POLITICAL AND ENVIRONMENTAL NAVIGATION: POLITICS OF NATURE
In America the Great Work of the First Peoples was to establish an intimate relationship with Earth powers through such ceremonies as the Great Thanksgiving of the Iroquois, and the vision quest of Plains Indians. In India the Great Work was to lead human thought into spiritual experiences of time and eternity and their mutual presence, with unique subtlety of expression. The Great Work of the classical Greek world with its understanding of the human mind and creation of the Western humanist tradition. The Great Work of Rome in gathering together the peoples of Western Europe and the Mediterranean worlds into an ordered relation with each other. The Great Work of Israel was in articulating a new experience of the divine in human affairs.
Thomas Berry, The Great Work (1)
WESTERN GROUNDING TO NAVIGATION
Our "Western" integral journey, to date, was grounded in the American soul, and had emerged through a newly primal form of politics, combining an affinity with the primeval wilderness with a cosmic consciousness, ready now to assume a newly integral form of natural-political navigation. Interestingly enough we shall turn to France for such, and to the French anthropologist and sociologist of science Bruno Latour (2), best known for his work Reassembling the Social: An Introduction to Actor-Network-Theory. While his focus, as a social researcher, on the actor network, gives him good "Western" credentials, it is his (3) more recent work on Politics and Nature which, as we shall see, assumes more transformative, political and institutional proportions.
Why and how should that be?
WHY POLITICAL ECOLOGY HAS LET GO OF NATURE
Unified Science versus Integral Sciences
From the outset, Latour (3) invites us to dissociate the sciences – in the plural and in small letters – from Science – in the singular and capitalized. He asks us then to acknowledge that the discourse on Science has no direct relation to the life of the sciences (in the same way that we have evolved diverse polities), and that the problem of knowledge is posed quite differently depending on whether one is brandishing Science or clinging to the twists and turns of the sciences, in plural, as they developed. What Latour has done for political ecology, as we shall see, is thereby resonant with our integral worlds.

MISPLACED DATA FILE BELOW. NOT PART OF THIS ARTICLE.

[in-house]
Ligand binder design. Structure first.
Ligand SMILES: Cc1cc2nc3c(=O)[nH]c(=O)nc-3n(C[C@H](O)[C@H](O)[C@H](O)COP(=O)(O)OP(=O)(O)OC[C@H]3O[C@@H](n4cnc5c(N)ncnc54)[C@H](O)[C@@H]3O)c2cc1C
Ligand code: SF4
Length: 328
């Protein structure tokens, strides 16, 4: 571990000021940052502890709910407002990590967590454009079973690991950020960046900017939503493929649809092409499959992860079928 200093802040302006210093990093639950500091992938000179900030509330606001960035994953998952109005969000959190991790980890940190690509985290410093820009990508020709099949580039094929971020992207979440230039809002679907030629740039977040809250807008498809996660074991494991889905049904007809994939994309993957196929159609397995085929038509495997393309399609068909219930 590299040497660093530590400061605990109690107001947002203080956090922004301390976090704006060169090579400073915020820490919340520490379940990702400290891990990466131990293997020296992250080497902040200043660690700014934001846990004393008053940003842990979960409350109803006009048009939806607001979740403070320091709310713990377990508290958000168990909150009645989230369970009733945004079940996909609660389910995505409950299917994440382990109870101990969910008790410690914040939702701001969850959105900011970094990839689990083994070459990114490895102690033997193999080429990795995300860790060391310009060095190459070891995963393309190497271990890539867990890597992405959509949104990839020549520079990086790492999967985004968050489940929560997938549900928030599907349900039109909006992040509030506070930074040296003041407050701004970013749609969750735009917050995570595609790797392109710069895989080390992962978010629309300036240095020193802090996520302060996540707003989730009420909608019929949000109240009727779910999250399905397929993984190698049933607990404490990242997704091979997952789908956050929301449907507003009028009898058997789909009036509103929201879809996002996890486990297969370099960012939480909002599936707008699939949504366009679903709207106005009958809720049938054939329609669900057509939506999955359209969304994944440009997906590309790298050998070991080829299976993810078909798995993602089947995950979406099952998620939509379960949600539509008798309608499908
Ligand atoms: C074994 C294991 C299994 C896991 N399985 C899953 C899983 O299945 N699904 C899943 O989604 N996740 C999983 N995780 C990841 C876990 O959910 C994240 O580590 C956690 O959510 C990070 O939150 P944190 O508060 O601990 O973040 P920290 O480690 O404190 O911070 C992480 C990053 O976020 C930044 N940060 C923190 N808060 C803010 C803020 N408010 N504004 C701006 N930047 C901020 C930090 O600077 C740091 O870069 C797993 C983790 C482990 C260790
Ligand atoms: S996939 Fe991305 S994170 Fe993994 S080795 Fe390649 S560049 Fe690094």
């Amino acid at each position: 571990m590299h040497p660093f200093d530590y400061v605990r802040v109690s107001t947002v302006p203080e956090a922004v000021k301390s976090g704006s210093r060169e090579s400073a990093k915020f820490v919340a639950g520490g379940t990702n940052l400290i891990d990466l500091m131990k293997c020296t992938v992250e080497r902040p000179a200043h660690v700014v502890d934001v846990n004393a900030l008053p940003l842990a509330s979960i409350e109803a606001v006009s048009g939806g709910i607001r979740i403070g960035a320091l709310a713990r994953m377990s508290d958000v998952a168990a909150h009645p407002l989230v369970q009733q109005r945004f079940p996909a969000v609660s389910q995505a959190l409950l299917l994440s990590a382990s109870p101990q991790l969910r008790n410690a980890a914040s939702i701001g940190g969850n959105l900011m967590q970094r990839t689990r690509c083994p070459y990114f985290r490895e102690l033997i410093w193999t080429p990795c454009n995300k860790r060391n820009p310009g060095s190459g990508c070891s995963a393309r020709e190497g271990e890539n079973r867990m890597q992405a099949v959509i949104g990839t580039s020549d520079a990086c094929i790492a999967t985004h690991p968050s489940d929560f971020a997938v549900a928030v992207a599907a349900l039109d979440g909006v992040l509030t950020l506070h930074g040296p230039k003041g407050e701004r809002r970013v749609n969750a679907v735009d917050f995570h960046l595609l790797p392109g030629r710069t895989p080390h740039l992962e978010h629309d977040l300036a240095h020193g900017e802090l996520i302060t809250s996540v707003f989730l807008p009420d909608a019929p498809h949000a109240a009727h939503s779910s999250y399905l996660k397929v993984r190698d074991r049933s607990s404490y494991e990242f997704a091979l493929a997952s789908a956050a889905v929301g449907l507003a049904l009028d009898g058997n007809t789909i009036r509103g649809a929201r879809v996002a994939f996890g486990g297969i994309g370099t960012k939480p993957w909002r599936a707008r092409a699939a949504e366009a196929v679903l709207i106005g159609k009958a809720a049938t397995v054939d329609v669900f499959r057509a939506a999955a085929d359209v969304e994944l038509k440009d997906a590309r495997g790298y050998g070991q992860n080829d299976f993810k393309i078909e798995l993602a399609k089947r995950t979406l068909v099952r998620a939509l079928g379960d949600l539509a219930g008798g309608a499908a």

Political ecology, for him as such, moves the dual arena of nature and politics into the single - albeit integral, as we shall see – arena of the collective. We are simply hen, for Latour, at the crossroads between two immense movements whose contrary influence has for some time made the interpretation of ecology difficult, that is the emergence of nature as a new concern in politics, and the disappearance of nature as a mode of political organization.
Having then distinguished the sciences from Science, and political ecology, as he sees it, from Naturpolitik, Latour goes on to consider a third displacement, as he terms it, so as to draw the maximum benefit from science studies and the ecology movement. He sets such against, for example, social Darwinism, which borrowed its metaphors from politics, projected them onto nature itself, and then re-imported them into politics in order to transform politics and economics into an exercise involving the proverbial "survival of the fittest".
What successor for the Bicameral Collective?
The combined findings of science studies, political ecology, social science and comparative anthropology now come together, for Latour, to raise one single question. What collective can we invoke, now that we no longer have two houses – natural and social – only one of which - the social – acknowledges its political character? Once freed of what has been a bicameral cold war, humans take on a very different aspect, and instead of existing by themselves, they are able to unroll the long chain of nonhumans, without which freedom would be out of the question. For Latour Science is dead; long live research and long live sciences. So where does he, and indeed do we, go from here?